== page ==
Mind Over Matter
Literally, mind over matter would refer to psychokinesis, the capacity to move objects by mind power alone. There has never been any evidence that this is possible and any claims to the contrary are usually extremely untrustworthy. The popularity, however, of ‘alternative’ cures in medicine is widespread and popular and, despite lacking any credible rationale, people often seem to benefit from them. Most alternative medicines have no scientific basis. Homeopathic medicine, for example, is often so dilute that it contains no molecules of ‘active’ ingredient.
Acupuncture and reflexology are based on bizarre, ancient theories with no anatomical logic.
Despite that, many people swear all by these methods.
Suggestion is a powerful force. ‘The Placebo Effect’ (literally “I shall please”) refers to an alleviation of symptoms due to the belief that one is being treated and the expectation that one will get better (in addition to any physical properties of the medicine). Placebos range from dummy pills and sham surgery to encouraging words, like “you should be better in a couple of days”. They are routinely used as controls in the evaluation of treatment and are often extremely effective. Placebos are not the same as no-treatment or ‘wait-list’ controls in that they usually give some degree of added value. Other components to the Placebo Effect that clinical trials usually try to minimise include the doctor-patient connection and assurance that the medicine has ‘clinically proven’ potency. There is also regression to the mean; patients usually seek help at times of peak distress and so they are likely to improve simply on the ‘law of averages’ and because the crisis point has been reached.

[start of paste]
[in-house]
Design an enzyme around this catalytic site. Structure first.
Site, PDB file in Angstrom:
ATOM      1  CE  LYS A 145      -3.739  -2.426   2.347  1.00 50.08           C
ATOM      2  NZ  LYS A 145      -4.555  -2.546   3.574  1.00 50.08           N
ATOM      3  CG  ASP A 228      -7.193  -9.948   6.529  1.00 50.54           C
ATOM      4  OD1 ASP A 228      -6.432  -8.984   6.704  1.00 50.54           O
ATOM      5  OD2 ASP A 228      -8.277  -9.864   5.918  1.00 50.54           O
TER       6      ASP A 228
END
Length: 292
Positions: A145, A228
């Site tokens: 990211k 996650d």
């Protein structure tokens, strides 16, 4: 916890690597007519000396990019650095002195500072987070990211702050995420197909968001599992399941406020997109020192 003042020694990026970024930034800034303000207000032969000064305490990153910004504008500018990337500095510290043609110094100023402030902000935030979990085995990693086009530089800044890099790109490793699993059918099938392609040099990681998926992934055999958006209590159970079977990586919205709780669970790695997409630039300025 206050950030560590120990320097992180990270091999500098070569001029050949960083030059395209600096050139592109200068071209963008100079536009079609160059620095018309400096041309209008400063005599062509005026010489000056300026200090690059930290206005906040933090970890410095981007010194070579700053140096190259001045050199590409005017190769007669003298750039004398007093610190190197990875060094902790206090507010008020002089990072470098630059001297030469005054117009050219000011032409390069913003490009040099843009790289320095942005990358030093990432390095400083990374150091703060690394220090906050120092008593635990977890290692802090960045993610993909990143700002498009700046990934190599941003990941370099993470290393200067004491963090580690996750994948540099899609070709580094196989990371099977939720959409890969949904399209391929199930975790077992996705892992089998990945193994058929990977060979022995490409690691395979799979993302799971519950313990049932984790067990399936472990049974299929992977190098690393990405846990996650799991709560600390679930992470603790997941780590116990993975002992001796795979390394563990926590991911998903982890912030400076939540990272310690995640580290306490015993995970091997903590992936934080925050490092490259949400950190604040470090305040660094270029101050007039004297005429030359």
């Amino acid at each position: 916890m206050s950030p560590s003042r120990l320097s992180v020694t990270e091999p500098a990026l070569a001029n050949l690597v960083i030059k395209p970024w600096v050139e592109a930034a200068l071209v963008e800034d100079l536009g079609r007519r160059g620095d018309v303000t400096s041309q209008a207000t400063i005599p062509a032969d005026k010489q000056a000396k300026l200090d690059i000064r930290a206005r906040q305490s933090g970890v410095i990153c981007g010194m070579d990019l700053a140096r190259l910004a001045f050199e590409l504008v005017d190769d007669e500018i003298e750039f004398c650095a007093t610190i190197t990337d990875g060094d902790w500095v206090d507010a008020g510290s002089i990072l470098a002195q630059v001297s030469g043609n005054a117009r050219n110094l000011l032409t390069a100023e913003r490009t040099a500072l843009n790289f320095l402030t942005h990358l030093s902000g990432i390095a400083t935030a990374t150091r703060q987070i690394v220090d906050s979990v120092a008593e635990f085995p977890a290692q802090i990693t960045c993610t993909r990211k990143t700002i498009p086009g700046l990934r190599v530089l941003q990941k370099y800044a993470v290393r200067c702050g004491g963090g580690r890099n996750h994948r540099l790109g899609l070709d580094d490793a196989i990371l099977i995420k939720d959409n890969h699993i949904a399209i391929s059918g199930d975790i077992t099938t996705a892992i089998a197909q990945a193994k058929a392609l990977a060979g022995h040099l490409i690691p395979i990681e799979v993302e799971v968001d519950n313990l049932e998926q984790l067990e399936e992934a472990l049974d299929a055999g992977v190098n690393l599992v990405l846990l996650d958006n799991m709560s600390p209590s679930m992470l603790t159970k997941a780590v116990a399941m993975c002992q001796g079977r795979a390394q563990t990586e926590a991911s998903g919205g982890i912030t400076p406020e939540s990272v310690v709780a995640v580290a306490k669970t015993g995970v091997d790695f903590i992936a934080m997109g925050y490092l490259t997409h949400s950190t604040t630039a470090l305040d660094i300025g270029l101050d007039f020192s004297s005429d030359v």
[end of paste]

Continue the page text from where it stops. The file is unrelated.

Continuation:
Subsidiary tools are also useful in conjunction with placebos. Symbols of medical authority, such as diplomas on the wall, white coats and stethoscopes, enhance the placebo effect. Warm coloured pills are better as stimulants and cool-coloured pills are better for anxiety and insomnia. Pills work better when they are large and expensive and two is better than one. Capsules are more effective than tablets, while injections beat both. In spite of all that, not everyone responds to placebos and they are ineffective for certain conditions, such as blood poisoning. Apart from the placebo, state of mind can have a significant effect on health.
Individuals who respond most to placebos are high in optimism and, if people believe there will be an effect, there often is. In general, feelings of well-being reduce overall mortality and, by contrast, negative life events such as divorce, the death of a loved one, the loss of a job, catastrophes and earthquakes can have negative health consequences.
Psychogenic factors affect the ability of the immune system to fight off various diseases, including cancer. Research has found that patients who had suffered neglect or maltreatment when younger are at greater risk of their disease returning when they face a major current stressful event. The reason appears to be that many diseases are normally contained by the immune system, which may be impeded by life stress. Chronically stressed people are also more likely to contract a cold when exposed to the virus, because their immune functions have been depressed.